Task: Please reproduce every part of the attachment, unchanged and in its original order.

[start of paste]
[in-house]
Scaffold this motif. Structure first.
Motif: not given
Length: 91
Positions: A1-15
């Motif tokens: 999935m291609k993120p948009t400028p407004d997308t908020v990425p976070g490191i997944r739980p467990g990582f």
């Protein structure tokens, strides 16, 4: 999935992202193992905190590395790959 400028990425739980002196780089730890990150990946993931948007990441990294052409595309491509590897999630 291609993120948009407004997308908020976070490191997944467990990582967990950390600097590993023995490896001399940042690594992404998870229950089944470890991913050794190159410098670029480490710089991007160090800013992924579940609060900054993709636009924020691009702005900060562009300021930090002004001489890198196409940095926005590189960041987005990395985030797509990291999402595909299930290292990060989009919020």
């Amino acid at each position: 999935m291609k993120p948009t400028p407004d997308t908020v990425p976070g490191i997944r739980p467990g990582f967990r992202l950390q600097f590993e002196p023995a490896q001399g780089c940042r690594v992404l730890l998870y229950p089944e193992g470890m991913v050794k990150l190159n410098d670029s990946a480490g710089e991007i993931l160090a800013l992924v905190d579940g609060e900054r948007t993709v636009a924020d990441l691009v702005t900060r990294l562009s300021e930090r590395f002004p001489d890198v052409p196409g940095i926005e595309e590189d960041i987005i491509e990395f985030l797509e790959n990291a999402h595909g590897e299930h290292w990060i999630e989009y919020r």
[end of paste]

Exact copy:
[in-house]
Scaffold this motif. Structure first.
Motif: not given
Length: 91
Positions: A1-15
């Motif tokens: 999935m291609k993120p948009t400028p407004d997308t908020v990425p976070g490191i997944r739980p467990g990582f």
């Protein structure tokens, strides 16, 4: 999935992202193992905190590395790959 400028990425739980002196780089730890990150990946993931948007990441990294052409595309491509590897999630 291609993120948009407004997308908020976070490191997944467990990582967990950390600097590993023995490896001399940042690594992404998870229950089944470890991913050794190159410098670029480490710089991007160090800013992924579940609060900054993709636009924020691009702005900060562009300021930090002004001489890198196409940095926005590189960041987005990395985030797509990291999402595909299930290292990060989009919020």
């Amino acid at each position: 999935m291609k993120p948009t400028p407004d997308t908020v990425p976070g490191i997944r739980p467990g990582f967990r992202l950390q600097f590993e002196p023995a490896q001399g780089c940042r690594v992404l730890l998870y229950p089944e193992g470890m991913v050794k990150l190159n410098d670029s990946a480490g710089e991007i993931l160090a800013l992924v905190d579940g609060e900054r948007t993709v636009a924020d990441l691009v702005t900060r990294l562009s300021e930090r590395f002004p001489d890198v052409p196409g940095i926005e595309e590189d960041i987005i491509e990395f985030l797509e790959n990291a999402h595909g590897e299930h290292w990060i999630e989009y919020r």